You’ve spent the last four or five years in school, and now that graduation is upon you, you’re faced with another dilemma – paying off your student debt.
Although student loan debt can be extremely burdensome, for some people, it’s only by acquiring a loan that they’re able to get a college education. Funds from a student loan can cover many college related expenses, such as tuition, books, supplies, and roaming and board.
A federal or private loan is definitely a godsend if your parents can’t pay your tuition out-of-pocket. But the idea of paying off a loan over the next 10 to 30 years can weigh you down. Fortunately, there are practical ways to get rid of student debt early.
Federal student loan repayment does not begin until 6 to 9 months after graduation, depending on the loan. However, you can make in-school payments while completing your degree. This reduces how much you owe after graduation, allowing you to pay off the debt sooner.
If you have multiple student loans, each with a different interest rate, consider a student loan consolidation. By means of consolidation, you may qualify for a lower rate, which reduces your minimum payments. However, if you continue to make higher payments, more of your payments will go toward reducing the principal, which helps get rid of the loan faster.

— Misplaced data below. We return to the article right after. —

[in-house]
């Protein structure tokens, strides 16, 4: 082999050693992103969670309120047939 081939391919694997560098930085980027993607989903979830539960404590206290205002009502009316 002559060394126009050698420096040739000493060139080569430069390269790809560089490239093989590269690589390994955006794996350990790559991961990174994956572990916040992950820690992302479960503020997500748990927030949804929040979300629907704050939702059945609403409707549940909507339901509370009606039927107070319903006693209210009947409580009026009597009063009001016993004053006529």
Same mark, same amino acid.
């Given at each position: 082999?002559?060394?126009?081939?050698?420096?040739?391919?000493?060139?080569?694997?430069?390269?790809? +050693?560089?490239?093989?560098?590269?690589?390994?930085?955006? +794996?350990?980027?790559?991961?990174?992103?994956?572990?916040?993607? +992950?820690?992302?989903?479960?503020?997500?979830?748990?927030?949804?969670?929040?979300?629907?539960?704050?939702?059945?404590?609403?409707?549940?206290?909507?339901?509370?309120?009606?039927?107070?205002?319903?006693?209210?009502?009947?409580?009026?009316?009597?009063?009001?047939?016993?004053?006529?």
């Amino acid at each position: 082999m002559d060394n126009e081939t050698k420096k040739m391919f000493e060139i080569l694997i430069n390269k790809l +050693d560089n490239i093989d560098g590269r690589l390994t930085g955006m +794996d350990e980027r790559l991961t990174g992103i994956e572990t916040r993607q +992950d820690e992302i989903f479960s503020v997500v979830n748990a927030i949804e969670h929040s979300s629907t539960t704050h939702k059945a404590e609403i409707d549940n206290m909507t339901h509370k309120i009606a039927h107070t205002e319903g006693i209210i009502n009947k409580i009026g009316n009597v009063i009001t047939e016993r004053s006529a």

Student loan payments are low during the initial years. In fact, if you owe $20,000 after graduation, your minimum payment may only be $100 a month. This is very affordable, but at this rate, it’ll take decades to pay back the lender.
Some college students buy a house or a new car as soon as they find a real job. But if you’re able to keep your expenses low and dump your extra income onto your student loan, you can probably pay off your loan in four or five years.
There are provisions in place to help students who can’t afford their student loan payment. You can request deferment or forbearance, which suspends payments for a period of six months to one year. This is a wonderful provision if you’re unable to pay the minimum. However, postponing payments only extends the length of your loan. And with forbearance, interests continues to incur, ultimately increasing how much you owe.
If you received a federal Direct Loan, you may qualify for student loan forgiveness. This program is available to graduates who work in public service, such as emergency management, military service, public education, public library services, law enforcement, health services and similar occupations.
However, not everyone who works in public service can apply for student loan forgiveness. The eligibility requirements are specific. To qualify, you must be a full-time employee and you can only submit a request after making 120 qualifying student loan payments, which takes approximately 10 years.
This article was first published on http://moneyprime.com.